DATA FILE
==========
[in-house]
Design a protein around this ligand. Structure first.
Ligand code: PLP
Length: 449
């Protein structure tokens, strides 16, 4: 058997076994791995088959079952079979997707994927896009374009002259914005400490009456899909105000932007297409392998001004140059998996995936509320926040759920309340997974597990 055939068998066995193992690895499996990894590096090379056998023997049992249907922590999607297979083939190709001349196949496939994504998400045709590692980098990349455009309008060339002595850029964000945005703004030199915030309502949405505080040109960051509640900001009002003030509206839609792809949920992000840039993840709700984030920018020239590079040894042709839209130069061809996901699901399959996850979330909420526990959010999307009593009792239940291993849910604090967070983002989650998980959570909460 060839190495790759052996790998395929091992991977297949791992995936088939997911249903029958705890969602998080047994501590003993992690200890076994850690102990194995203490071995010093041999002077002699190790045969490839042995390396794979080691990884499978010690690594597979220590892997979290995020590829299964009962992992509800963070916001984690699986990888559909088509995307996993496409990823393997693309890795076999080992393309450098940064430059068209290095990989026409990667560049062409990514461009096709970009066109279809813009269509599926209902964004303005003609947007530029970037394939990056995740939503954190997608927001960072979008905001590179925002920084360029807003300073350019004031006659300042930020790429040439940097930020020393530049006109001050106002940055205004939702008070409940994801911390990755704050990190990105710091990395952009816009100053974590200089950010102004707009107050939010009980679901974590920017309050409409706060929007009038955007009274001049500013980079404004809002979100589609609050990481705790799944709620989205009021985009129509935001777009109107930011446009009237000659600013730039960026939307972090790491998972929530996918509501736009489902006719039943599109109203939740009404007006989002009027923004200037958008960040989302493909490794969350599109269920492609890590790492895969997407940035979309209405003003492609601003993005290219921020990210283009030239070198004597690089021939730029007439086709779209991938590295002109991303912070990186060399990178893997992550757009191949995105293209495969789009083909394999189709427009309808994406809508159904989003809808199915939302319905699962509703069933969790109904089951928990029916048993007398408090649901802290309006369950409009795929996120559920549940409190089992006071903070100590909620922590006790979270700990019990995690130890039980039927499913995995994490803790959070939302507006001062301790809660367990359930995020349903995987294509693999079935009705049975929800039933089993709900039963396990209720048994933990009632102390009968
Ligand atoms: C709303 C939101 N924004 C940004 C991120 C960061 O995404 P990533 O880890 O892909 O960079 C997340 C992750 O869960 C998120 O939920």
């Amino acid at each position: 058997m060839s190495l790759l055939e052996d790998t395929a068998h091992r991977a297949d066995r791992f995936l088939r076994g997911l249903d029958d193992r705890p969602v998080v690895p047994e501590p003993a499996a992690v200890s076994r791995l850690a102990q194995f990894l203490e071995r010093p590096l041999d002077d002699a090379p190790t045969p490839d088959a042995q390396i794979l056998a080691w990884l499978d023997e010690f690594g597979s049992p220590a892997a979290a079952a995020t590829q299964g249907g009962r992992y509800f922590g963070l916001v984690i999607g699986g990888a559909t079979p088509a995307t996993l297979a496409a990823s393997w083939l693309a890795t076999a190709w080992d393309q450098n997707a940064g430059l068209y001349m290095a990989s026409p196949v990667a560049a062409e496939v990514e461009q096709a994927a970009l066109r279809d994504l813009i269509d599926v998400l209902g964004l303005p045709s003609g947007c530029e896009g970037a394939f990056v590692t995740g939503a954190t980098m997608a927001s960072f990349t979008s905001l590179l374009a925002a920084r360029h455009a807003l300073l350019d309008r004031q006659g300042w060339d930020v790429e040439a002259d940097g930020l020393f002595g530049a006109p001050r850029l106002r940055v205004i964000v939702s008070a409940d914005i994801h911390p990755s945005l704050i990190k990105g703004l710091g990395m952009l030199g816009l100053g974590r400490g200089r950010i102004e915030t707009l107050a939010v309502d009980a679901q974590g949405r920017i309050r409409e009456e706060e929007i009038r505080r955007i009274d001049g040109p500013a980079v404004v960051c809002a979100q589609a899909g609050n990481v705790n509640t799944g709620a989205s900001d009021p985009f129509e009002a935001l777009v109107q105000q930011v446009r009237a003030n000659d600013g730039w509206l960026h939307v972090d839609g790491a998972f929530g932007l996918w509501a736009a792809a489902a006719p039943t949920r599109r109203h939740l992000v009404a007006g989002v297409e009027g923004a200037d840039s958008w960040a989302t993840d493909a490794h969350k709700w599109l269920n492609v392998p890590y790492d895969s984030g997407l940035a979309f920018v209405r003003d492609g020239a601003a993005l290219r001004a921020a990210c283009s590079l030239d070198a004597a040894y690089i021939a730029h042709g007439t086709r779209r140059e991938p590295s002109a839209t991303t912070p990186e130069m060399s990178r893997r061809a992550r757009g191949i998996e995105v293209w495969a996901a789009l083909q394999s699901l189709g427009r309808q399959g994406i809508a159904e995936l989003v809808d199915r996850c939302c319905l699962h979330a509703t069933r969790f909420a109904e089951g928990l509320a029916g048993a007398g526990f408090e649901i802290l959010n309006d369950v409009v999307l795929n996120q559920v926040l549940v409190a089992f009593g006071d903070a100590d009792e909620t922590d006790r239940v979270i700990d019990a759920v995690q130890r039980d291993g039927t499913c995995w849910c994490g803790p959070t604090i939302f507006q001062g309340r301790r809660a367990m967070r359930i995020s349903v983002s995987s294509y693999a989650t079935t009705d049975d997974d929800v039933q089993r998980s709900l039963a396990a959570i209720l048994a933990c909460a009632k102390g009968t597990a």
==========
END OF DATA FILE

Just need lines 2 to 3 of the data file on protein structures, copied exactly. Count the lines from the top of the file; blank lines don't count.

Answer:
Design a protein around this ligand. Structure first.
Ligand code: PLP